Insurance is crucial for your business, protecting you from issues such as lawsuits, false claims, accidents and fire damage. So what kind of insurance do you need and why? Generally speaking, insurance falls into two categories; the ones you must have and the ones you can opt to have.
While there is insurance cover you are legally required to have, it is in many cases a commercial choice, made based on your business, your risk assessment and what you potentially stand to lose by not having it. Some of the different types of insurance available for your business are:
The legal one
If you are running a business and employing staff, then you absolutely must have employers’ liability insurance; it’s a legal requirement wherever an employer-employee relationship exists. Don’t be fooled into thinking that renting space to self-employed therapists will get you off the hook either. This is a common misconception, but even if your business does not employ therapists directly, only renting out space to them, you still require employers’ liability cover.
The well known one
Arguably the best-known insurance product available to therapists is medical malpractice. Providing cover for accidental injury to a client in the process of a treatment, medical malpractice is a must to help cover compensation costs and in many cases also legal fees. It can either be purchased by you as a business owner, to cover all therapists working in your spa, or it can be purchased by the therapists for themselves.
If the policy is purchased personally by the therapist then you, as the business owner, will need to ensure that it includes a principals clause. If a therapist carries out a treatment on a client in your spa, on your behalf, and injures the client in the process, any compensation claim made by the client will most likely be bought against your spa, rather than the individual. However, if there is a principals clause in the therapist’s insurance, the claim will ultimately be paid by the therapist’s insurance.
Good medical malpractice cover will also come with public liability and product liability insurance. Alternatively these can be purchased separately. Public liability covers you if a client injures him or herself or if their belongings are damaged on your premises. Product liability covers you if a client is physically harmed by products used or sold in your spa.
Insurances for tangible things
Buildings insurance is a must if you own your premises. It covers the building itself, as well as the internal fixtures and fittings, and protects you against unexpected events like burst pipes. Depending on your rental contract, you may still need buildings insurance if you rent, to cover accidental damage to fixtures and fittings.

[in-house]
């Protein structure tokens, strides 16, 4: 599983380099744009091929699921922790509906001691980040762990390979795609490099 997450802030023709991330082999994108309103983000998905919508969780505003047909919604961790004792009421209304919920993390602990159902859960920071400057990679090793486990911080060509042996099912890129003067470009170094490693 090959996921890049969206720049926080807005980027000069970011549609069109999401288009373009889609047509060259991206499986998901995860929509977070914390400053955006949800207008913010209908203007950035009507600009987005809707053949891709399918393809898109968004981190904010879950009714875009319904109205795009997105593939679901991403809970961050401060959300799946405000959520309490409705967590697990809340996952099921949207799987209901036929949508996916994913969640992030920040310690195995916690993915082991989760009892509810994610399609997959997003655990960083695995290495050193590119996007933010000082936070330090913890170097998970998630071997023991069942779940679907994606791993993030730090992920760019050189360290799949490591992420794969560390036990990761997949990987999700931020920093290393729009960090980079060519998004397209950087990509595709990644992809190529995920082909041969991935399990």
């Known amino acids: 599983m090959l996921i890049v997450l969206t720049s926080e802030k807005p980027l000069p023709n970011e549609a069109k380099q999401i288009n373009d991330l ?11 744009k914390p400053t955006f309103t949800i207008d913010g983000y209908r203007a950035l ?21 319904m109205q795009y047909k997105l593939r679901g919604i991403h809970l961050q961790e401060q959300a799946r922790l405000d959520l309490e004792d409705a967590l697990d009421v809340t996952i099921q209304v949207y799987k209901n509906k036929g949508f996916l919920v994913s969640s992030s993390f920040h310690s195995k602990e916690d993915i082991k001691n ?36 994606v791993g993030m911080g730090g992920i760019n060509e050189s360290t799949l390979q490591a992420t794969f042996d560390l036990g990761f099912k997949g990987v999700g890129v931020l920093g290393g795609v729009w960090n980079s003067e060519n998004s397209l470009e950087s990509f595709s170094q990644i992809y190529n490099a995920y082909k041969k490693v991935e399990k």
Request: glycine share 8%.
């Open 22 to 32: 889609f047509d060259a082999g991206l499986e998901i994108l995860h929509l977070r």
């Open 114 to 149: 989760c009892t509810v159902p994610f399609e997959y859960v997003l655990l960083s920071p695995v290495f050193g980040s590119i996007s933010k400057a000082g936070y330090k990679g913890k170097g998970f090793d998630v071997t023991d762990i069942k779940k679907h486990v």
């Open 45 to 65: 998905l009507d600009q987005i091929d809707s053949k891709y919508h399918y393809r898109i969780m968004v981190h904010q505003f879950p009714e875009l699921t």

Stock and equipment cover will protect you in cases of theft and accidental damage, reimbursing you for some or all of the costs associated with replacing the stock. This type of insurance will cover anything that happens on your premises, and you can also opt for a sublimit to protect a portion of your stock outside the spa or while in transit.
The lesser-known insurance
Protecting and insuring your income, business interruption insurance can be easily added to your insurance policy, covering a loss of income as a result of an insurable event. For example, if your spa is flooded as a result of a burst water main in the road outside, forcing you to close for a month for repairs, the business interruption insurance will pay out on loss of income during this period.
You hope no employee will be dishonest while in your employment, but there are no guarantees. Employee dishonesty cover is included in some policies, like the one the Federation of Holistic Therapists offers, but can otherwise be bolted on to your policy as an added extra. It means that if you suffer a loss due to a dishonest act by an employee, the policy will indemnify you against direct financial losses.
Personal accident cover is an insurance that is often ignored, because people think “it will never happen to me”. However, it can offer helpful protection for you and your loved ones in the event you cannot work in the short or long term.
The insurance covers loss of income, paying out a lump sum should you become permanently disabled and unable to work, or pass away. A comprehensive policy will also cover temporary total disability, which pays a weekly amount should you become temporarily disabled and unable to work, due for example to a broken wrist.
Insurance is a tricky subject and it’s sometimes difficult to understand which product or cover is needed. There’s also the question of whether the benefits of insuring against something outweigh the costs of the insurance.
However, you can’t go back and insure yourself if the worst does happen and you don’t have a policy. Be really clear on the type of policies that are available and which ones will benefit your personal circumstances most, and don’t forget to also ask the insurance provider what the policy excludes.
FHT works to protect the interests of therapists and provides a range of services, including insurance cover. Find out more at www.fht.org.uk/insurance